abusesaffiliationarrow-downarrow-leftarrow-rightarrow-upattack-typeburgerchevron-downchevron-leftchevron-rightchevron-upClock iconclosedeletedevelopment-povertydiscriminationdollardownloademailenvironmentexternal-linkfacebookfiltergenderglobegroupshealthC4067174-3DD9-4B9E-AD64-284FDAAE6338@1xinformation-outlineinformationinstagraminvestment-trade-globalisationissueslabourlanguagesShapeCombined Shapeline, chart, up, arrow, graphLinkedInlocationmap-pinminusnewsorganisationotheroverviewpluspreviewArtboard 185profilerefreshIconnewssearchsecurityPathStock downStock steadyStock uptagticktooltiptwitteruniversalityweb

Diese Seite ist nicht auf Deutsch verfügbar und wird angezeigt auf English

Der Inhalt ist auch in den folgenden Sprachen verfügbar: English, 简体中文, 繁體中文


30 Sep 2021

Echo Xie, SCMP

Bank of China pledges to end funding for foreign coal mining and power plants

25 Sep, 2021

The Bank of China has said it will no longer provide financing for new coal mining and coal-fired power projects overseas from next month. It is the first of the four Chinese state-owned commercial banks to make such a commitment after President Xi Jinping told the United Nations General Assembly this week that China would stop building coal-fired power plants abroad. The bank is also one of the biggest bankers of coal mining and coal power companies, according to the Banking on Climate Change 2020 report.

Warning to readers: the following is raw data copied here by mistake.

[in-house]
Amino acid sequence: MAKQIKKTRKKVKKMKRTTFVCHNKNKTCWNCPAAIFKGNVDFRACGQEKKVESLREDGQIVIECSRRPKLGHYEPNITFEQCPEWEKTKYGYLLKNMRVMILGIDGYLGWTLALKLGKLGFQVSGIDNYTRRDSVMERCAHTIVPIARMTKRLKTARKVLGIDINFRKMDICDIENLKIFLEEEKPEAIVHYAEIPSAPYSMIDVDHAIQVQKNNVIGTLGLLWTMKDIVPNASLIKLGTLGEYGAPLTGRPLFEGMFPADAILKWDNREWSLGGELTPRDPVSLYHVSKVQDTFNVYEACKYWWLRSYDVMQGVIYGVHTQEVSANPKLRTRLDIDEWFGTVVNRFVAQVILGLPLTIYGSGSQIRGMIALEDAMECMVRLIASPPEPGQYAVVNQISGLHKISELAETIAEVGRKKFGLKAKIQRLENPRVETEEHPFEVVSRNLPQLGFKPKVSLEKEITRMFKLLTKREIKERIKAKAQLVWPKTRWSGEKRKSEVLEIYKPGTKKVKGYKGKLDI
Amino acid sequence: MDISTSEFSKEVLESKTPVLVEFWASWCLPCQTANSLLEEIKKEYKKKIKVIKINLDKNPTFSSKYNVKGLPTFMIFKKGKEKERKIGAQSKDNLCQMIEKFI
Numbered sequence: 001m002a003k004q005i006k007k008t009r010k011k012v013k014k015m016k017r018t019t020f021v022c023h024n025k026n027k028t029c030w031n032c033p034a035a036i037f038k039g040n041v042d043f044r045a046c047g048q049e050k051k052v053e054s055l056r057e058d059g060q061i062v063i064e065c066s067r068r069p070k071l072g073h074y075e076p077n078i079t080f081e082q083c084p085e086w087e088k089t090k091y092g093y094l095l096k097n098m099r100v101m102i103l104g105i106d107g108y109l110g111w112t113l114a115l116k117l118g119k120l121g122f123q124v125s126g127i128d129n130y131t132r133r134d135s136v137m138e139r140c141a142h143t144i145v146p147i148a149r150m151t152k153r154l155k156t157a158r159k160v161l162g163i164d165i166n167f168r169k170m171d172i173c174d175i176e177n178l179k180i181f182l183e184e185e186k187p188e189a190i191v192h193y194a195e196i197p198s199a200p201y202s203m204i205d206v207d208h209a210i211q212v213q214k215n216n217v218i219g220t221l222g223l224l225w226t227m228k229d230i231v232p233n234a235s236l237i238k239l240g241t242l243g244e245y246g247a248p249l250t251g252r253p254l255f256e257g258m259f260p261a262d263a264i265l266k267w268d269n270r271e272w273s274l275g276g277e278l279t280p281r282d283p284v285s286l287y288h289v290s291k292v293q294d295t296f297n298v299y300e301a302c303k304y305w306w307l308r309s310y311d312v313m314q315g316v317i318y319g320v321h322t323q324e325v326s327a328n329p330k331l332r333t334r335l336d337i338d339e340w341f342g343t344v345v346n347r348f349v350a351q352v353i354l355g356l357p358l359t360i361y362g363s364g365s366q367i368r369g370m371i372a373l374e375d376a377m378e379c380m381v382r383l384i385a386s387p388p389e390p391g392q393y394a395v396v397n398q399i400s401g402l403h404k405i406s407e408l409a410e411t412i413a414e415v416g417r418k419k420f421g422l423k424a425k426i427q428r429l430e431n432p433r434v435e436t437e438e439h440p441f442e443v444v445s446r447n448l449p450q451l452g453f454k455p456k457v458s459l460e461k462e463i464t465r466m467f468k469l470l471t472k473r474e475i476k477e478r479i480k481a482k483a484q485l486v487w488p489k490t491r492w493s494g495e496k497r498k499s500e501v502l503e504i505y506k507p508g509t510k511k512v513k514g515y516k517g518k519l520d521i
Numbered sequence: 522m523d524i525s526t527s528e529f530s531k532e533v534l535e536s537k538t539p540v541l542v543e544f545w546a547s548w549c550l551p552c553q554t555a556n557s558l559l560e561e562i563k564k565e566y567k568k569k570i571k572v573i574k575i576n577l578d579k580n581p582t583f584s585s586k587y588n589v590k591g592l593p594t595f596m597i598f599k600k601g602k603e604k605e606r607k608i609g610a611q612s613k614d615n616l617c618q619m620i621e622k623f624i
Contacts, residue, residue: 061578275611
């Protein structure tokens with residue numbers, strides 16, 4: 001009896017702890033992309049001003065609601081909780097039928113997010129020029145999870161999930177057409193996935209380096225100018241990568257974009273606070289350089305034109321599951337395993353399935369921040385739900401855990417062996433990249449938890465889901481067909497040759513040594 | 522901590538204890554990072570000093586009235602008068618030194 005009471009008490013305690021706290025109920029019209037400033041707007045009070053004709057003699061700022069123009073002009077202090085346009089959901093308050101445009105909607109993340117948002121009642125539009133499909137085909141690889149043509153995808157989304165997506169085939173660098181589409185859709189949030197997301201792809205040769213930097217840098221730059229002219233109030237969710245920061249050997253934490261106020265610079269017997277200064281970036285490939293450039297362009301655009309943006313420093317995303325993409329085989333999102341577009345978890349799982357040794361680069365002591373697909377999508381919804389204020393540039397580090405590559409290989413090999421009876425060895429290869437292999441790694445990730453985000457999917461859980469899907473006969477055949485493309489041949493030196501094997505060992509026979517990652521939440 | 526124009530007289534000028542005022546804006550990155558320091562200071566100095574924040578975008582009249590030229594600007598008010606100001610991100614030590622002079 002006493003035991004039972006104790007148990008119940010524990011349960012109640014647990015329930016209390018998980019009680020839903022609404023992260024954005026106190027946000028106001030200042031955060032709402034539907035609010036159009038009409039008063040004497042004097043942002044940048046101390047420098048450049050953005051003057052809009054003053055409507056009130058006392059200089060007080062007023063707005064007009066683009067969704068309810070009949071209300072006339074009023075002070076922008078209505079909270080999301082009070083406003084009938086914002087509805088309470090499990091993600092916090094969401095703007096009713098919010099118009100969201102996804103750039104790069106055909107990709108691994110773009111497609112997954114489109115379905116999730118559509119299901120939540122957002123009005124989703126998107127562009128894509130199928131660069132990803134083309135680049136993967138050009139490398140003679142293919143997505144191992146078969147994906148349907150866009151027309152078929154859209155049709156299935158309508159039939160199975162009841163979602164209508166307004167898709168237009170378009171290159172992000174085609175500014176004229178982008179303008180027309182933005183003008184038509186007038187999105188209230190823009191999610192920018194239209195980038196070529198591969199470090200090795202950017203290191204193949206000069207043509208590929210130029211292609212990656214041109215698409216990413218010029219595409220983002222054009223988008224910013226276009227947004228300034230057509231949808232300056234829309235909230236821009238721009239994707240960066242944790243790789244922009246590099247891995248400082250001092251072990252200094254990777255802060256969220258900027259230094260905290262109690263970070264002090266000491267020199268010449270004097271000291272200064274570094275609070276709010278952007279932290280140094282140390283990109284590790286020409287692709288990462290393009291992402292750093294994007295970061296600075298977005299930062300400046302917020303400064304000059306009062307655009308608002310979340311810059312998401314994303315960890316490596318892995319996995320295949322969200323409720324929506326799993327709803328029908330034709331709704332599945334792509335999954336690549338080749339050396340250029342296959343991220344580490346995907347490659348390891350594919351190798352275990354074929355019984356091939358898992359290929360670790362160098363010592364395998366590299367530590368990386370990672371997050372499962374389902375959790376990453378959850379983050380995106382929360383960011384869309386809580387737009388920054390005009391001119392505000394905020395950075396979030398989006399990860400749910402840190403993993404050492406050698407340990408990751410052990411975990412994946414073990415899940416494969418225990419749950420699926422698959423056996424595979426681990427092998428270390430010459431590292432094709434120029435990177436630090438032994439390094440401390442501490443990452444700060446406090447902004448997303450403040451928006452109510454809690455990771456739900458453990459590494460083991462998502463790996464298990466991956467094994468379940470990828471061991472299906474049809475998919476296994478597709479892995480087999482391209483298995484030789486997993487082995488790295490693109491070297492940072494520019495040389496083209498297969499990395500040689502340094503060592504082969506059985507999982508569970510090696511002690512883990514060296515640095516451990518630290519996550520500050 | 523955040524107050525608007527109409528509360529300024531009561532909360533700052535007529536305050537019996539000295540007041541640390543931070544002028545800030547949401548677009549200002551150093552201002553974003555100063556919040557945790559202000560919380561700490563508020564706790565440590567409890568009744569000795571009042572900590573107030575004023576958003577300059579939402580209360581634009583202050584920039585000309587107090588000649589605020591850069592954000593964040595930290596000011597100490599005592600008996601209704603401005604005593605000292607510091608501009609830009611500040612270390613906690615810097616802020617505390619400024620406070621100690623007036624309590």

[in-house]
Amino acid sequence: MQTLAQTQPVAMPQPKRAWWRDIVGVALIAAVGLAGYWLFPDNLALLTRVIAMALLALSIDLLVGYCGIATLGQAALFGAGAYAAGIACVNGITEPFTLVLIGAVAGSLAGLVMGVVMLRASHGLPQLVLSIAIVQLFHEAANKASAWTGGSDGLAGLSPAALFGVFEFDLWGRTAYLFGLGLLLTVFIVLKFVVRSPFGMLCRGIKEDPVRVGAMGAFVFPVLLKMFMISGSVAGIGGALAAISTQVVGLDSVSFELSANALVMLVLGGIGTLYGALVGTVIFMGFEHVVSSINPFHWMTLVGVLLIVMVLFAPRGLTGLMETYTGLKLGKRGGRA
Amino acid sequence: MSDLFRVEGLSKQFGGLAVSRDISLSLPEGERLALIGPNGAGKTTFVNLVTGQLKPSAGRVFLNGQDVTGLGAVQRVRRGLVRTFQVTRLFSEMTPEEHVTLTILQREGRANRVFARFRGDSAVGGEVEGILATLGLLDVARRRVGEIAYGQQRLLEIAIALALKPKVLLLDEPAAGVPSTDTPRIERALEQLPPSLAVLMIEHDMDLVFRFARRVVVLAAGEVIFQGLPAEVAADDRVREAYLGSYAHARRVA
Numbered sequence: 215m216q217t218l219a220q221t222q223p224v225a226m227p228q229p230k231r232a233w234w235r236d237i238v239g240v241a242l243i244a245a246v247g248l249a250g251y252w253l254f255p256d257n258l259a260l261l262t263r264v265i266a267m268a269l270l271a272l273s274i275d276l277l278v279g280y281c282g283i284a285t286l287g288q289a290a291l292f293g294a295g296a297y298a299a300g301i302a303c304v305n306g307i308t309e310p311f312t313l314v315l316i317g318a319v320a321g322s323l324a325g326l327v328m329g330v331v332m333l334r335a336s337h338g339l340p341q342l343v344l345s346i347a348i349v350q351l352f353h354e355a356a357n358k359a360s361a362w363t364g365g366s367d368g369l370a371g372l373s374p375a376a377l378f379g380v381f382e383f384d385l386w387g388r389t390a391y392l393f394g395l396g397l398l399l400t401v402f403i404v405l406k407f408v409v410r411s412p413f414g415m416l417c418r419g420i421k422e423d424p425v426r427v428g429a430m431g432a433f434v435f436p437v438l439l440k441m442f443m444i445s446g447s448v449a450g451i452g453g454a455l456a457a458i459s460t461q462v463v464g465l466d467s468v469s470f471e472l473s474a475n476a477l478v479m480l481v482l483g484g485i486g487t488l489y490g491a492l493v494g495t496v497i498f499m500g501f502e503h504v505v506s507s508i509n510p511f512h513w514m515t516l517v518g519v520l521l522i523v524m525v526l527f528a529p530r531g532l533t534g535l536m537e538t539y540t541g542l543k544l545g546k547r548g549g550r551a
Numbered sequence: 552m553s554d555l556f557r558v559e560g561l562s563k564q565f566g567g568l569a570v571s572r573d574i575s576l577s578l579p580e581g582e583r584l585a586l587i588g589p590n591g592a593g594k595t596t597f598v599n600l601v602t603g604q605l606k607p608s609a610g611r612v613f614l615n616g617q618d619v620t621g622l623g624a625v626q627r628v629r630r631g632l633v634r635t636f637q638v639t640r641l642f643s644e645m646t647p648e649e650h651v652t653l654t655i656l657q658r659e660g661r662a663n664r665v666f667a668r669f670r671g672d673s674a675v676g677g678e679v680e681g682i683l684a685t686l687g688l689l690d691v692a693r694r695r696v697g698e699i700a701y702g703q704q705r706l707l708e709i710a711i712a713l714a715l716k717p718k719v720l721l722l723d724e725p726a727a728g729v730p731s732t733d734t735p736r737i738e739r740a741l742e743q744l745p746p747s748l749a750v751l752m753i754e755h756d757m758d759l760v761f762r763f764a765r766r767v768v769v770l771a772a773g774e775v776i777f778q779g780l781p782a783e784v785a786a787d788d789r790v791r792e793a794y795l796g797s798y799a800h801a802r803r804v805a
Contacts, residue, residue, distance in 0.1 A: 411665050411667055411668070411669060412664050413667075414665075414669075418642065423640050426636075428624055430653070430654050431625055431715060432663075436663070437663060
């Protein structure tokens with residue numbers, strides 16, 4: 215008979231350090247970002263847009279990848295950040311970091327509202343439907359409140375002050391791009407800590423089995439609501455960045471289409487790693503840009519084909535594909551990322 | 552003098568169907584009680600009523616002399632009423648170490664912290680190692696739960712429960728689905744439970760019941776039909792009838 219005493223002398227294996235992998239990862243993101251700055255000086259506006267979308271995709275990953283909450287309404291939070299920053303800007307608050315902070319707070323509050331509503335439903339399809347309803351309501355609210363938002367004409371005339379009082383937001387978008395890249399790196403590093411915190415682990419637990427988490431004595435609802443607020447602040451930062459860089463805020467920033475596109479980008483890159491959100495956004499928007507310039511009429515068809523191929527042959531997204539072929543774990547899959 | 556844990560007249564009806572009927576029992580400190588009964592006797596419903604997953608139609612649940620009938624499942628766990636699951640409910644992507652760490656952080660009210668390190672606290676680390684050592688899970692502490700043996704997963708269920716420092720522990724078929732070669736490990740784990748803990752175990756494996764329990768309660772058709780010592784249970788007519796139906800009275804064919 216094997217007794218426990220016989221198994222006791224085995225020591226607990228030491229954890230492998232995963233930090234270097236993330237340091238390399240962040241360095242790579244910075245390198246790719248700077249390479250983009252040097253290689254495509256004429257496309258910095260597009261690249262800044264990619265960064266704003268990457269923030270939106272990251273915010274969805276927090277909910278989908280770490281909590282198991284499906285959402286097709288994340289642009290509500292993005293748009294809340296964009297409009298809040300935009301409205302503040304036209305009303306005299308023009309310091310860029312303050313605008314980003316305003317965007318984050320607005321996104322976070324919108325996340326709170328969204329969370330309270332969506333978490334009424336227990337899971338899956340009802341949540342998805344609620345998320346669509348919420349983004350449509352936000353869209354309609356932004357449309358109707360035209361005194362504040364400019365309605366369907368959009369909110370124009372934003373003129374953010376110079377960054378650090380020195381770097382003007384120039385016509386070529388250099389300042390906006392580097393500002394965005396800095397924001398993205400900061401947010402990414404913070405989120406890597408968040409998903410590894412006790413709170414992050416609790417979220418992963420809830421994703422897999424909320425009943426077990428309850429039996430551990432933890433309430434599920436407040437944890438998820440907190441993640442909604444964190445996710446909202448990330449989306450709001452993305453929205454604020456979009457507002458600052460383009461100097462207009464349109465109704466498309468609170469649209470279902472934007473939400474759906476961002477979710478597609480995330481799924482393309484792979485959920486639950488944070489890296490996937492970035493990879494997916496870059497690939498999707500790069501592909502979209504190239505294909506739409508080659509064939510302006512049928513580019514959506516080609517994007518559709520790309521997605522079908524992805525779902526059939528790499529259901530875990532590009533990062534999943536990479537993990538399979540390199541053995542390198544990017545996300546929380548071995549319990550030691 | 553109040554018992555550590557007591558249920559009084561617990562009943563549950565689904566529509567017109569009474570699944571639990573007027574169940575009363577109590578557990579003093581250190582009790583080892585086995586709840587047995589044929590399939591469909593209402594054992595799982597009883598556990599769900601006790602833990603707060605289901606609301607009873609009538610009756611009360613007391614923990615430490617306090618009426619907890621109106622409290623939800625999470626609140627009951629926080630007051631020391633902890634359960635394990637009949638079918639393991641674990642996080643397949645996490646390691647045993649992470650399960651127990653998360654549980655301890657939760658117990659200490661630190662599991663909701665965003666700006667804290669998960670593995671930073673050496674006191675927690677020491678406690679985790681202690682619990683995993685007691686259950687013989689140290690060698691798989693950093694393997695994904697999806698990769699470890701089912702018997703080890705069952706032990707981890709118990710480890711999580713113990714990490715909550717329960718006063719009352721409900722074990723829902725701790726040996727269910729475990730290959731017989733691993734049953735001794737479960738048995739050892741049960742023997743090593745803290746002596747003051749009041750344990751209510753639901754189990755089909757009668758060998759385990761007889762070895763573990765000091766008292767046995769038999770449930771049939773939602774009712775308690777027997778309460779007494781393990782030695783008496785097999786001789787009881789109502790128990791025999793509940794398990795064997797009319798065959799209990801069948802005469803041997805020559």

It said in a statement that it had recently drawn up an action plan to help China meet its target of reaching peak carbon emissions by 2030 and achieving carbon neutrality by 2060.

[...] “If Xi’s pledge includes China’s commercial banks too, this is more ambitious than anything the West has done,” Kevin Gallagher, director of the Boston University Global Development Policy Centre [...].

[...] China’s investment in overseas coal-fired power projects has dropped sharply in recent years [...]. Some state-owned and commercial banks have also expressed a willingness to phase down or end support for overseas coal projects.

Zhou Yueqiu, chief economist of the Industrial and Commercial Bank of China, said in May that the bank would draw up a timetable for the gradual withdrawal of coal financing. The bank, one of the world’s biggest supporters of coal, is the first major Chinese financier to announce such a plan. In June, the bank said it would not fund the 2,800-megawatt Sengwa coal project in Zimbabwe.